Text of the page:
Ministers ‘being forced’ to send migrants to Rwanda, claims Dowden


The government “doesn’t relish” deporting migrants to Rwanda but is being “forced” to pursue the controversial policy because of the rise in Channel crossings, a cabinet minister has claimed.

Oliver Dowden was asked by Sky’s Sophy Ridge on Sunday if he is “comfortable” with the idea of sending children and families to the east African nation if they arrive in the UK illegally.

He said:I don’t relish any of this and I really wish we didn’t have to do it… we are being forced to do it.”

Listing the reasons why the government is being “forced” into the policy, Mr Dowden said: “With those children seeking to cross the Channel, I think of the danger that their lives are being put in, the evil people smugglers in whose hands they’re placed.

“And unless we are willing as a government and as a country to take tough action in relation to this, the numbers will keep on growing and more people’s lives will be put at risk, the lives of young children. And I’m simply not willing to allow that to happen.”

Labour’s Lisa Nandy asked what the government has been “forced to do” as she pointed out the £140m deportation scheme is yet to get off the ground since it was launched last April.

She said “everybody accepts” that the small boat crossings amount to a “crisis… but the question is what is the government actually doing so far?”

Ms Nandy said: “They’ve done several PR opportunities and photo ops. We’ve had £140m of cheques written to Rwanda in order to implement a scheme that hasn’t removed a single person. This is just more stunts from this government.”

The shadow housing secretary said the government should use the money that is being spent on the “unethical unworkable scheme” and put it into the National Crime Agency “to create a cross-border cell in order to disrupt the criminal gangs who are profiting from people’s misery”.

She insisted this was not a “magic wand solution”, saying “what it’s doing is the hard yards that this government hasn’t been prepared to do”.

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Lisa Nandy criticises Rwanda policy

Read more:
Asylum seekers are going ‘underground’ in fear of being deported to Rwanda
Rwanda asylum safety assessment ‘not grounded in reality’, say campaigners

Migration bill will ‘seal off all loopholes’

The Rwanda scheme has been stalled by legal challenges since it was launched almost a year ago by Priti Patel, the home secretary at the time, but a government source has told Sky News UK officials are working towards getting the flights started “by the summer”.

Suella Braverman, the home secretary, signed an update to the migrants agreement during a visit to the African country this weekend, expanding its scope to “all categories of people who pass through safe countries and make illegal and dangerous journeys to the UK”.

A Home Office statement said this would allow ministers to deliver on its new Illegal Migration Bill as it would mean those coming to the UK illegally, who “cannot be returned to their home country”, will be “in scope to be relocated to Rwanda”.

The government source said it would “seal off all the loopholes” for those arriving illegally, including those claiming to be victims of modern slavery.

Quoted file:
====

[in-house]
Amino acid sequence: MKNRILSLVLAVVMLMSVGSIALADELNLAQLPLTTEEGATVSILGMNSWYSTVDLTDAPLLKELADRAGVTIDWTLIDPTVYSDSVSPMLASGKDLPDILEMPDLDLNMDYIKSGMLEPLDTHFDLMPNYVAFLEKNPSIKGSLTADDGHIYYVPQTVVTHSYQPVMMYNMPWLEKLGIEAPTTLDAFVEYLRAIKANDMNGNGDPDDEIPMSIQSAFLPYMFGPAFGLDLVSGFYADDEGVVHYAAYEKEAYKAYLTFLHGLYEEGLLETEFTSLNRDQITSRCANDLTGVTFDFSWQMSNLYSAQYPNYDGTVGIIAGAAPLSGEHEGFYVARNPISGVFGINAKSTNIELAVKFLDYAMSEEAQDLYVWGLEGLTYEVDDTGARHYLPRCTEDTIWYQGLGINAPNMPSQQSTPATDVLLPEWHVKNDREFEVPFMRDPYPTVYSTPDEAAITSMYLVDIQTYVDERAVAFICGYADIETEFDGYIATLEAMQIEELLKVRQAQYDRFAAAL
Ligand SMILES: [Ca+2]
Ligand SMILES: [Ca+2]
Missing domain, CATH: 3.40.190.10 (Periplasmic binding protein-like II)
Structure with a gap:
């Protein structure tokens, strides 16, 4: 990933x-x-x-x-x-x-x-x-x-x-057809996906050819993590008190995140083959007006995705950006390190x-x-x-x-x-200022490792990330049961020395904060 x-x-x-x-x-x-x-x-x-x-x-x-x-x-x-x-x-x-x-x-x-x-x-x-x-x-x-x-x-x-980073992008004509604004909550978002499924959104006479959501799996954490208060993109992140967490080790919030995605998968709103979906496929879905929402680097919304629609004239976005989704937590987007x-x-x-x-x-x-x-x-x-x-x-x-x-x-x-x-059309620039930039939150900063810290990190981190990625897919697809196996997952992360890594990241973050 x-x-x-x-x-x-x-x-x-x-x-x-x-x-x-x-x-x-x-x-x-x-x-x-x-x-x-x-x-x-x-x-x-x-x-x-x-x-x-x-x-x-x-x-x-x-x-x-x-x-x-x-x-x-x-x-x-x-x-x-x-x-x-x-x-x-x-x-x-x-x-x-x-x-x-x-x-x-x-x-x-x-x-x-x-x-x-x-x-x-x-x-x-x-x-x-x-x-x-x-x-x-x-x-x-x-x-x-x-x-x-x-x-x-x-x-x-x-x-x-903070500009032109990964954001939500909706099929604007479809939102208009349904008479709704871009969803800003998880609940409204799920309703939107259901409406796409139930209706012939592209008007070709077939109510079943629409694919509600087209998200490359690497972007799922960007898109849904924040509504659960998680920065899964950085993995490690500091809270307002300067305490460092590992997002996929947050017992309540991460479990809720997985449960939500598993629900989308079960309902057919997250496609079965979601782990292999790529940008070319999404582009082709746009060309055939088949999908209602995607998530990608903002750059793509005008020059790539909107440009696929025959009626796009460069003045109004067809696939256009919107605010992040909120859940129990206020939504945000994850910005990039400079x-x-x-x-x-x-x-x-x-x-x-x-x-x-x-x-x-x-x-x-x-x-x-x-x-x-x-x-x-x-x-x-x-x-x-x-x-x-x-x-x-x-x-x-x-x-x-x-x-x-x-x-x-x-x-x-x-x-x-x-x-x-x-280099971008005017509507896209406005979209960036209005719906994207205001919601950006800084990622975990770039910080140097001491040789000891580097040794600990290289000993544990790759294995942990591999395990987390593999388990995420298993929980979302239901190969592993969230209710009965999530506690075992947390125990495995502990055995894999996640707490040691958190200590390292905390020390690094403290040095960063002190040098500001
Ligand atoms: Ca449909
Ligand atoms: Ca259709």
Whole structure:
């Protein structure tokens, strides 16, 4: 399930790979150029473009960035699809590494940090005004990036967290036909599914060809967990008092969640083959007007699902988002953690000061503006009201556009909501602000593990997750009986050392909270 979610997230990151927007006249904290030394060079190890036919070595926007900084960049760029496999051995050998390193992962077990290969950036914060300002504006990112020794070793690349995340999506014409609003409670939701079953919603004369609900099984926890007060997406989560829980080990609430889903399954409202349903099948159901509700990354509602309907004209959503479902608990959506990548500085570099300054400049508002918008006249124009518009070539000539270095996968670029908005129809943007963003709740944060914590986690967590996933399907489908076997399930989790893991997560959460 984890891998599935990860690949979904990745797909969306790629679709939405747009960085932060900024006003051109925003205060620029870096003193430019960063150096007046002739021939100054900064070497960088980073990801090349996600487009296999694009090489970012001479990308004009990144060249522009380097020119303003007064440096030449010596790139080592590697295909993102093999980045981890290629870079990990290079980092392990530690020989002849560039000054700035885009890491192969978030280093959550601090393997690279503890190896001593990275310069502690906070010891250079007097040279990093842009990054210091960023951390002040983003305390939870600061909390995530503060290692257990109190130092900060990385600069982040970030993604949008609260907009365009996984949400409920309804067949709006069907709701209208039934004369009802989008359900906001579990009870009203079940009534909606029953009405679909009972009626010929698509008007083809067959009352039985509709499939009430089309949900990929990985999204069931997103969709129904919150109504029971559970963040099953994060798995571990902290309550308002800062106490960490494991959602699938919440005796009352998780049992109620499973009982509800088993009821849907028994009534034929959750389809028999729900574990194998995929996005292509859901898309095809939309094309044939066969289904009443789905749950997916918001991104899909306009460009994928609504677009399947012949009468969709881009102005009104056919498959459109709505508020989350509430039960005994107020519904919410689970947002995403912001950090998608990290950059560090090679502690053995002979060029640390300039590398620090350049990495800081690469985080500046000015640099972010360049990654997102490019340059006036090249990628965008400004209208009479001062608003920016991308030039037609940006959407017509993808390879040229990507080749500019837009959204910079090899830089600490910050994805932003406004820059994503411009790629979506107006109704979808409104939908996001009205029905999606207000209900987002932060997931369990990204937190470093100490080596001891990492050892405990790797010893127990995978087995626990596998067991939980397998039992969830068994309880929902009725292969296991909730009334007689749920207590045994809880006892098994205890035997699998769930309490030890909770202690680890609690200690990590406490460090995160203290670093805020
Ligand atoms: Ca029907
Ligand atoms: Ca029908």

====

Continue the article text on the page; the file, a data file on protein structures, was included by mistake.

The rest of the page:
Suella Braverman looked around housing for migrants in Rwanda and (below) toured a construction training academy
The home secretary tours a new construction training academy in Kigali during her visit to Rwanda
The home secretary tours a new construction training academy in Kigali during her visit to Rwanda

Dowden defends ‘tone-deaf’ comment

Ms Braverman’s trip has been shrouded in controversy after some members of the media were excluded from going along.

She has also faced criticism for joking about the interior design while touring potential accommodation for asylum seekers.

Looking inside one of the properties, she said: “These houses are really beautiful, great quality, really welcoming and I really like your interior designer.

“I need some advice for myself.”

Asked if that was “tone-deaf”, Mr Dowden told Ridge: “Contrary to some of this characterisation of the policy, this is about making sure there is somewhere safe and secure for people to go to and actually the purpose of the Home Secretary’s visit was to further strengthen our relationships with Rwanda.”

The UN and human rights campaigners have warned that Rwanda is not a safe country to send asylum seekers, particularly those who are LGBT+.

The first deportation flight was stopped at the eleventh hour in June last year after an appeal to the European Court of Human Rights – and none have taken off since.

The scheme is seen as central to the Rishi Sunak’s plan to “stop the boats” – a promise he has staked his premiership on.

Throughout 2022, some 45,728 people crossed to the UK via the Channel – up 60% on the previous year.

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Earlier this month, the prime minister announced a package that will see a new detention centre established in France as well as the deployment of more French personnel and enhanced technology to patrol beaches in a shared effort to drive down illegal migration.

However, the EU and UN are among those who have warned a new bill to ban asylum applications if people enter the UK through unauthorised means violates international law.

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